Which date do I use in my APA style citation?
In general, the APA Manual has these guidelines about dates:
- For books, use the copyright date (even if it is different from the release date);
- For journal articles, use the year of the volume (also known as the "publication date");
- For webpages, use the last updated or publication date. The copyright date in a website's footer should not be used, as this date does not indicate when the content on the page was last updated.
If there is no date listed, the APA Manual says to "write "n.d." (which stands for "no date") in parentheses. Put a period after the "n" and after the "d" with no space between the letters" (p. 291).
Articles often have several dates associated with them, and each date serves a different purpose. How do you know which date to use in your APA style citation?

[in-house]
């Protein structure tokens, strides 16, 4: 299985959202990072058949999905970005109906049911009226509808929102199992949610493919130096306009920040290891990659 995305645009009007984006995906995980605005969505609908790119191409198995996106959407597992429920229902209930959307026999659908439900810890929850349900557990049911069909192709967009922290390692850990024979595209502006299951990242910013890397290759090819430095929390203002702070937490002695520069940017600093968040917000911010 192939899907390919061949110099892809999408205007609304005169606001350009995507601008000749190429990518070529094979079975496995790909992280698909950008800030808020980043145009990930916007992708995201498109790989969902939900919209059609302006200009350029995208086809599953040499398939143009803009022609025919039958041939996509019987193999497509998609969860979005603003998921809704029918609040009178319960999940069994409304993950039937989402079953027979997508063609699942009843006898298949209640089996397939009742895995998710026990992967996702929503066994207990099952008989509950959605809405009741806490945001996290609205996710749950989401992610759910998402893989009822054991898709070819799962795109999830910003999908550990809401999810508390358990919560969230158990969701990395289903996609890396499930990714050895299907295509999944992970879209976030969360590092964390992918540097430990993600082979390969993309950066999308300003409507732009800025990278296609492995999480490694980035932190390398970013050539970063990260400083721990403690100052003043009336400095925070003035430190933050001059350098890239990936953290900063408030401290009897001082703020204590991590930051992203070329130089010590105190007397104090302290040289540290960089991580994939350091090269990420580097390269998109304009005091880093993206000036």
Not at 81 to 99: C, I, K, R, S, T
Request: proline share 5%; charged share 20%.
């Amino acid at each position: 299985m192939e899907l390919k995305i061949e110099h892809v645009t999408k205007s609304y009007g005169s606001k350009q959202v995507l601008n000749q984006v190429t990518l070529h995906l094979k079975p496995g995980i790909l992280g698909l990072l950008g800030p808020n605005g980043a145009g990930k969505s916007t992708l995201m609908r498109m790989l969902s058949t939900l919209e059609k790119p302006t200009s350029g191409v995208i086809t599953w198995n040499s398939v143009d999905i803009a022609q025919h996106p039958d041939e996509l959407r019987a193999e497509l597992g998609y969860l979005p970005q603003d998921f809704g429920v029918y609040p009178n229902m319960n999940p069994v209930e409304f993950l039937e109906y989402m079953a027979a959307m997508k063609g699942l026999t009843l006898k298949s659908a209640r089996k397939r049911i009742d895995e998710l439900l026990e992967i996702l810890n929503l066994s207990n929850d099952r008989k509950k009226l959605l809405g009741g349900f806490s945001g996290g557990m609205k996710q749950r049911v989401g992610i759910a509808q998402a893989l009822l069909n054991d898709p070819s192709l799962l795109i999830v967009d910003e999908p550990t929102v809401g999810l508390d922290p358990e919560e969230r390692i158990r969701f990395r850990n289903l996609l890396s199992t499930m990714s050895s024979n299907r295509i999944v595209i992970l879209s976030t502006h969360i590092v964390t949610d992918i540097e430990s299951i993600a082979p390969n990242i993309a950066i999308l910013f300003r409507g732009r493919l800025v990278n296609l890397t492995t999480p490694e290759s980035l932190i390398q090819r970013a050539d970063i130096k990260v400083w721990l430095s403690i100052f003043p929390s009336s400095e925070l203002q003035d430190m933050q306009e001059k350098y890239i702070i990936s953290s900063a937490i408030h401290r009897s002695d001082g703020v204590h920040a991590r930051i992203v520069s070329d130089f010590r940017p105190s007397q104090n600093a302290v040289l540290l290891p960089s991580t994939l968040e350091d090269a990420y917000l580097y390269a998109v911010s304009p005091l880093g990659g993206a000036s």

For academic articles, there are usually a series of dates related to the peer-review process. For example, there may be:
- A "submitted" or "received" date (when the article was initially sent to the journal);
- A "revised" date (when the article was sent back to the journal with the revisions recommended by the reviewers);
- An "accepted" date (when the journal's editor accepts the article for publication);
- A “published online” date (when the article was first posted online);
- A "publication" date (the official publication of the article). The publication date usually appears in several different places, along with the rest of the source information, like the volume number.
Some, all, or none of these dates may be listed in an article's metadata.
These dates can be a useful confirmation that an articles has gone through the peer-review process, but they can be confusing when trying to cite. When citing, only the publication date matters.
For APA 7th ed. specifically, the APA Manual says that "for a journal article reference, use the year of the volume, even if it is different than the copyright year" (p. 289). As a result, the publication date is often easy to locate because it will be closely associated with the volume information.